We encourage the use of specific strategies to help children negotiate all the necessary shifts in each day.
The two most frequent family situations we encounter in our clinical work are dual career families and divorced and remarried families. Of course, all families are unique and many variables impact both the dual career and divorced families. Although each of these situations has it's own inherent difficulties, it is likely that these families have high contact children. As in all families the parents share a common central concern; the need to help their children feel protected under the umbrella of parental love, concern and authority even when they are apart. It is this umbrella that enhances a child's ability to withstand the many stresses of childhood. Knowing that parents remain intimately involved in his life contributes to his development of self-confidence.
In our work with parents, we might suggest that for young children in child care parents can enhance the child's sense of security by being actively involved with the child care person. Bringing your child into the child care setting and talking to the baby-sitter or teacher in the presence of your child both demonstrates your relationship with the baby-sitter and pro- vides an overlapping bridge to help your child make the transition from your arms to theirs. Encouraging your child to bring a toy, keeping family pictures or toys at school promotes another link between his two worlds. Learning at the end of the day the events that occurred and letting your child know that you know can foster his sense of your ongoing involvement. This is equally important for an ordinary occurrence like the arrival of a new sandbox as for a problem that may have arisen. Visiting your child during his day, and, if possible showing your child where you work rein- forces the link to you. These all build interlinking bridges between your separate lives.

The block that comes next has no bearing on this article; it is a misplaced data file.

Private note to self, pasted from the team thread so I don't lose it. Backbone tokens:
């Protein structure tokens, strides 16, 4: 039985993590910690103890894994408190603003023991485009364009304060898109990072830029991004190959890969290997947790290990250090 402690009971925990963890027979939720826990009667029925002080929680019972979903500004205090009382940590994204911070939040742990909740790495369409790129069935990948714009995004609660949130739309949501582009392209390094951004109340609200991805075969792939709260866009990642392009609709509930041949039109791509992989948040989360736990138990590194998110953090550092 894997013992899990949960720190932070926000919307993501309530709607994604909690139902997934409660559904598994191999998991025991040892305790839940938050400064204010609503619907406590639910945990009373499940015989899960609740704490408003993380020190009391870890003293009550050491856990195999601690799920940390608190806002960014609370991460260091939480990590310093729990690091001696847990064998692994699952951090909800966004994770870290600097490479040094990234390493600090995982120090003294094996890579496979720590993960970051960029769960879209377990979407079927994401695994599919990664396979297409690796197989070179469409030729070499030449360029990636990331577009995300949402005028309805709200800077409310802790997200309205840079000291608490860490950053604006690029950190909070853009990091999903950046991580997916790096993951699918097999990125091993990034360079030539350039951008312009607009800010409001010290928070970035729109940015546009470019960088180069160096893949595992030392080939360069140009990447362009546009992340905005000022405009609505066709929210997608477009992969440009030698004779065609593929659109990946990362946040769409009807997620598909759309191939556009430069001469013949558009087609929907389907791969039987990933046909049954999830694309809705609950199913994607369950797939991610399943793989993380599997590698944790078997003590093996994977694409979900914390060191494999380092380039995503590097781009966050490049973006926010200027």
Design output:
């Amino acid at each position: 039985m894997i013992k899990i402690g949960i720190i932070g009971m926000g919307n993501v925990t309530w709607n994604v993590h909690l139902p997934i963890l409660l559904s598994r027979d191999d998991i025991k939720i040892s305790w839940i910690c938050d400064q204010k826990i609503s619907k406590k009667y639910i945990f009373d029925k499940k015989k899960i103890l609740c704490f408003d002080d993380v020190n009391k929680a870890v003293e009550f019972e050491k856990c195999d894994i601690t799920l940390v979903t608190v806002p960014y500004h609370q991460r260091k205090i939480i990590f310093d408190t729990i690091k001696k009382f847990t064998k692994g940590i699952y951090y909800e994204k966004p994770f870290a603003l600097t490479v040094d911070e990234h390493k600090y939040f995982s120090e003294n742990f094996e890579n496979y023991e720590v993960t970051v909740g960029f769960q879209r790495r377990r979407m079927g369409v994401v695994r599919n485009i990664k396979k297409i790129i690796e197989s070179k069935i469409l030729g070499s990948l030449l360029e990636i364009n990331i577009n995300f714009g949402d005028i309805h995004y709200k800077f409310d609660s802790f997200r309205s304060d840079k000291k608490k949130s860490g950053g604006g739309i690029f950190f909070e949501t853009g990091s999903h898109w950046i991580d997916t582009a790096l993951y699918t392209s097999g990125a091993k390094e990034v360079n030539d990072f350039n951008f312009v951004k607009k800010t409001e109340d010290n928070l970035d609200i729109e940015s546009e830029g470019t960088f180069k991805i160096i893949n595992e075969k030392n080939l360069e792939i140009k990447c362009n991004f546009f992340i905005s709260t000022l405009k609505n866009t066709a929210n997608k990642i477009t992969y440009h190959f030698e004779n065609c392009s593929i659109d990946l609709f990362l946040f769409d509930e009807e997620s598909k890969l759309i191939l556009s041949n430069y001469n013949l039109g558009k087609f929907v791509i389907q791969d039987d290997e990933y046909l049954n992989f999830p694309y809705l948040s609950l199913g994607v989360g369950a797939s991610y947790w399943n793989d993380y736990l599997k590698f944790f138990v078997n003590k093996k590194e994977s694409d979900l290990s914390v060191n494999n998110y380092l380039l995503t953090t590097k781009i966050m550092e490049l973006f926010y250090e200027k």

In families facing a separation and divorce, we stress the simultaneous need for parents to separate as individuals yet to stay connected as parents. The ability of divorced parents to cooperate and communicate regarding their child remains key to their child's sense of security. Children of different ages have different needs from their divorced parents. For example, very young children need similar routines in the two separate households, such as similar meal time and bed time. Permitting children to bring favorite transition toys or blankets and frequent contact with both parents are important. The needs of children change as they mature and the challenge to divorced parents is to help their high contact child best adjust to the multiple adults and children, the multiple homes and the multiple rules.
To help promote a sense of self confidence and inner security in our children, each parent can think about and develop his or her own unique protective umbrellas to better help children negotiate the many transitions from person to person and from place to place.